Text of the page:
Archive for 25/02/2016

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Η ΝΥΧΤΑ άλλοτε στη λησμονιά κι άλλοτε σε πυρετικά ρόδα μας
έριχνε
σαν τη διωγμένη αγάπη, και τότε, πίσω απ’ το ανείπωτο, στέκε-
ται ακόμα πιο βαρύ
αυτό που πρέπει να πεις, κι ο νικημένος έβλεπε κι άλλον ένα ίσκιο
να πηγαίνει δίπλα του
γιατί δε χωρούσε τόση θλίψη σ’ έναν άντρα. Ώσπου το πρωί οι
ζητιάνοι
πανάρχαια μνηστευμένοι τις γωνιές των δρόμων, ξανάπαιρναν τα
δικαιώματά τους
κι έπρεπε σαν έναν άλλο, πιο μεγάλο ουρανό, ν’ αντέξουμε
την καθημερινή μας ιστορία.

 

THE NIGHT led us sometimes to forgetfulness and other
times into feverish roses
like the love you give up and then behind the unsaid heavier
stands
what you have to say and the defeated saw another shadow
that walked along with him
because such sorrow was too much for just one man. Until at dawn
the beggars,
since the ancient days engaged to the corners of the streets, reclaimed
their rights
and we had to endure our everyday history like a different, wider
sky.

 

~Τάσου Λειβαδίτη-Εκλεγμένα Ποιήματα/Μετάφραση Μανώλη Αλυγιζάκη
~Tasos Livaditis-Selected Poems/Translated by Manolis Aligizakis
http://www.libroslibertad.ca
http://www.authormanolis.wordpress.com

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Mahabharata

Posted: 25/02/2016 by vequinox in Literature

 

Mahabharata II

Accretion and redaction

Research on the Mahabharata has put an enormous effort into recognizing and dating layers within the text. Some elements of the present Mahabharata can be traced back to Vedic times. The background to the Mahabharata suggests the origin of the epic occurs “after the very early Vedic period” and before “the first Indian ’empire’ was to rise in the third century B.C.” That this is “a date not too far removed from the 8th or 9th century B.C.” is likely. It is generally agreed that “Unlike the Vedas, which have to be preserved letter-perfect, the epic was a popular work whose reciters would inevitably conform to changes in language and style,” so the earliest ‘surviving’ components of this dynamic text are believed to be no older than the earliest ‘external’ references we have to the epic, which may include an allusion in Panini’s 4th century BCE grammar Ashtādhyāyī 4:2:56. It is estimated that the Sanskrit text probably reached something of a “final form” by the early Gupta period (about the 4th century CE). Vishnu Sukthankar, editor of the first great critical edition of the Mahabharata, commented: “It is useless to think of reconstructing a fluid text in a literally original shape, on the basis of an archetype and a stemma codicum. What then is possible? Our objective can only be to reconstruct the oldest form of the text which it is possible to reach on the basis of the manuscript material available.” That manuscript evidence is somewhat late, given its material composition and the climate of India, but it is very extensive.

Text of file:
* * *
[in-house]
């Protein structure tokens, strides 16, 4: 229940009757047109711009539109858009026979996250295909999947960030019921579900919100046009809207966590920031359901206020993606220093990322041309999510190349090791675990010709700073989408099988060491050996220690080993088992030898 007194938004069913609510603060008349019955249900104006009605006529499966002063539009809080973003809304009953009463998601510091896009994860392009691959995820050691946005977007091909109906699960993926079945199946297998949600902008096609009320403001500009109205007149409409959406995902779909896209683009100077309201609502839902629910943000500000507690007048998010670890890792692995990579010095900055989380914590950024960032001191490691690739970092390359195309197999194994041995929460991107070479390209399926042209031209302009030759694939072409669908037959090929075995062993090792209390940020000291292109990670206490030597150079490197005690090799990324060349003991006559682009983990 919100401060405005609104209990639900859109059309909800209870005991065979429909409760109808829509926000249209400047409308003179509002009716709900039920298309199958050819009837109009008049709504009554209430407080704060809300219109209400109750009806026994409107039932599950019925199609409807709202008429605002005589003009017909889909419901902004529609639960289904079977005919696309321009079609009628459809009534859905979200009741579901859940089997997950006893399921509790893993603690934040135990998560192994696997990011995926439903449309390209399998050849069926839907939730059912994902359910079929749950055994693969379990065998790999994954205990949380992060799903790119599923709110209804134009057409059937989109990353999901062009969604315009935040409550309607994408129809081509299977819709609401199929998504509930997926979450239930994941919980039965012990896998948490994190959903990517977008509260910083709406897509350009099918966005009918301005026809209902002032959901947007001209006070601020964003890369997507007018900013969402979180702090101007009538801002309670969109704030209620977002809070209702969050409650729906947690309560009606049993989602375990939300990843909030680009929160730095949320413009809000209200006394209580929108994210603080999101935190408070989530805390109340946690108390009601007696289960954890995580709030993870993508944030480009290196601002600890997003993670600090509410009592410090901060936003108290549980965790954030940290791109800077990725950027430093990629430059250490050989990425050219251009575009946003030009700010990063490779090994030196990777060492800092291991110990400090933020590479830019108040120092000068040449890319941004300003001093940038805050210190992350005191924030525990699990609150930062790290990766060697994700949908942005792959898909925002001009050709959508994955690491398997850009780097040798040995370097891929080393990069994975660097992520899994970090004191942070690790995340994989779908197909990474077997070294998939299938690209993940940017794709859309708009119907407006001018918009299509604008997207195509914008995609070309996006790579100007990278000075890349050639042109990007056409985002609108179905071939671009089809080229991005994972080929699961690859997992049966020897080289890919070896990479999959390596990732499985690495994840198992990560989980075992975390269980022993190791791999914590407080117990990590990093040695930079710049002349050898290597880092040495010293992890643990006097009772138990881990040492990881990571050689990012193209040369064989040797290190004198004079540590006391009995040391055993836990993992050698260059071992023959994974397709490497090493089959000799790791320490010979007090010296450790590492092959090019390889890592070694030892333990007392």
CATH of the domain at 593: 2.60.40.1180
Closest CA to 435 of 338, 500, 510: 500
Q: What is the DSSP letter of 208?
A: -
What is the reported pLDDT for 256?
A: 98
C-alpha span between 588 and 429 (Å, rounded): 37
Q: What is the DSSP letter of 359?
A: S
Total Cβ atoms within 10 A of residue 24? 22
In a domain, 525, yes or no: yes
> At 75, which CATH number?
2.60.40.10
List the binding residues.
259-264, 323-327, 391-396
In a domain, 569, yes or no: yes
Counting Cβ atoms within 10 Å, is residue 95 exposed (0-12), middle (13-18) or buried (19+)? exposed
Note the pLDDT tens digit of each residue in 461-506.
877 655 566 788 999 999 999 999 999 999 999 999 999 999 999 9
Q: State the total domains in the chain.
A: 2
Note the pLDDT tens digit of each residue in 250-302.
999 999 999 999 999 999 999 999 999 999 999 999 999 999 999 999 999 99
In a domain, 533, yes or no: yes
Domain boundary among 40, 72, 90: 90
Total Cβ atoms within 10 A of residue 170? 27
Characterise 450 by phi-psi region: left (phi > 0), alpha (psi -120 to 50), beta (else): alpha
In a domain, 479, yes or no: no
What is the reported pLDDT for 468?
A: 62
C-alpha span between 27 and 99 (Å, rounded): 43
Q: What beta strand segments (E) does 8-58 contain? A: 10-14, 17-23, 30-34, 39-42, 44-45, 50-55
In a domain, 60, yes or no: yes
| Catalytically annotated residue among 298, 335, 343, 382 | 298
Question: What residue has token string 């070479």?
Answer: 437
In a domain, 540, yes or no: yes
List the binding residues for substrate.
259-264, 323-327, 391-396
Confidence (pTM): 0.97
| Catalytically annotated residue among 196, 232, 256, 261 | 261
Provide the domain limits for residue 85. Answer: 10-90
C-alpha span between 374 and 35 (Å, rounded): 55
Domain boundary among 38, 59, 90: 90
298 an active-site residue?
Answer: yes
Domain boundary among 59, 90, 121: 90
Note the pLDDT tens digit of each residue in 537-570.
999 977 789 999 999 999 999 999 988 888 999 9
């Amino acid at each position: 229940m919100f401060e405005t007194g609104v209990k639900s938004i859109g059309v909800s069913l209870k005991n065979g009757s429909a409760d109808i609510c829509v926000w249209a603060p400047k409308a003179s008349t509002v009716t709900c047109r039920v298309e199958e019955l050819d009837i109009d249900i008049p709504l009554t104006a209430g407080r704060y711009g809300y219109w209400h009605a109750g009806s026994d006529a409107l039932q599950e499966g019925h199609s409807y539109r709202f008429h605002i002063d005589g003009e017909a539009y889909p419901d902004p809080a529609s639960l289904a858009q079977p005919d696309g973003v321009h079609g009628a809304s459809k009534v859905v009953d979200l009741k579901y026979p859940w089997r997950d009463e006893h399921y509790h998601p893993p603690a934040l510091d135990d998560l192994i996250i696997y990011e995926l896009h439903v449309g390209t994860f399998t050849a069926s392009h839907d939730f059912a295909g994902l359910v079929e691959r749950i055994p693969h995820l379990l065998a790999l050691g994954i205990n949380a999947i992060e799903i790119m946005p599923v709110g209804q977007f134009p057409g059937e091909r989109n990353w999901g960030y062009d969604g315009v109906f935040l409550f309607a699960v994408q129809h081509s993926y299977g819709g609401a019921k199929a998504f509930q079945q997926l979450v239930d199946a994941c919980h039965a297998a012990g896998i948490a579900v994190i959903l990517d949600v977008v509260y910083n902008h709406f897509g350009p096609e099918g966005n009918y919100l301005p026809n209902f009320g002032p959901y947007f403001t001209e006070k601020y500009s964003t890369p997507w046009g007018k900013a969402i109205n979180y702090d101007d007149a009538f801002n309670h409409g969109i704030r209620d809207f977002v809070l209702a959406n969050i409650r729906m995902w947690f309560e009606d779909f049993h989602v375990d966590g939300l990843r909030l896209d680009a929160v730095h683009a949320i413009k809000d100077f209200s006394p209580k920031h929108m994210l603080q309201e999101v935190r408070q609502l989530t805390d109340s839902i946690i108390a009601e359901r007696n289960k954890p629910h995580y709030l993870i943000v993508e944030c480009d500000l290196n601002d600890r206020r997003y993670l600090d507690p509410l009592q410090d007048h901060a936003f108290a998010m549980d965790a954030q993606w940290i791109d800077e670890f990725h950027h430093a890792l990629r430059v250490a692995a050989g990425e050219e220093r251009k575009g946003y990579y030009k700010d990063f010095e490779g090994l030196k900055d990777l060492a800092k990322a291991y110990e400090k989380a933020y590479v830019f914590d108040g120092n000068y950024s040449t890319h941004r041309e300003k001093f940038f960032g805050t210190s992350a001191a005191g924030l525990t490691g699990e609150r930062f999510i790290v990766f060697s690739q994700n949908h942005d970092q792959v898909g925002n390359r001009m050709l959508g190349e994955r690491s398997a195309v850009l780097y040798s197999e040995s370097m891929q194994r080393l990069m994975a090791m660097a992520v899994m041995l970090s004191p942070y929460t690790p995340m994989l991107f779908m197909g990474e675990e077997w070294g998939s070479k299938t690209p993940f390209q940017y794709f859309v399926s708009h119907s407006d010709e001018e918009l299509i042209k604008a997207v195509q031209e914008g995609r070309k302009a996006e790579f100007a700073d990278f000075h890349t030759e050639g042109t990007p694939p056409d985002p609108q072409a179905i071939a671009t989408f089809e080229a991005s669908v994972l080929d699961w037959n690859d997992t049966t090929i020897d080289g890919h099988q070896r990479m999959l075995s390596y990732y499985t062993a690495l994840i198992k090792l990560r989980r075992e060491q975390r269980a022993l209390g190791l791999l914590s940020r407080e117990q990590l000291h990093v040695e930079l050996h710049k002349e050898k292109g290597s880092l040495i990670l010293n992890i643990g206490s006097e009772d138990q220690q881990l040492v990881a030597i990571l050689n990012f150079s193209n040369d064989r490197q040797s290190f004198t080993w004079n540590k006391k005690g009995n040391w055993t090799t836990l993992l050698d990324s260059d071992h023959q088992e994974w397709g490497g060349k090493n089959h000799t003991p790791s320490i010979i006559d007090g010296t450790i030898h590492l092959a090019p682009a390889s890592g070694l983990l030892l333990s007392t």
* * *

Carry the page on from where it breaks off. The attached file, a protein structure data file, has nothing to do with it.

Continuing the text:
The Mahabharata itself (1.1.61) distinguishes a core portion of 24,000 verses: the Bharata proper, as opposed to additional secondary material, while the Ashvalayana Grhyasutra (3.4.4) makes a similar distinction. At least three redactions of the text are commonly recognized: Jaya (Victory) with 8,800 verses attributed to Vyasa, Bharata with 24,000 verses as recited by Vaisampayana, and finally the Mahabharata as recited by Ugrasrava Sauti with over 100,000 verses. However, some scholars, such as John Brockington, argue that Jaya and Bharata refer to the same text, and ascribe the theory of Jaya with 8,800 verses to a misreading of a verse in Adiparvan (1.1.81). The redaction of this large body of text was carried out after formal principles, emphasizing the numbers 18 and 12. The addition of the latest parts may be dated by the absence of the Anushasana-parva and the Virata parva from the “Spitzer manuscript”.The oldest surviving Sanskrit text dates to the Kushan Period (200 CE).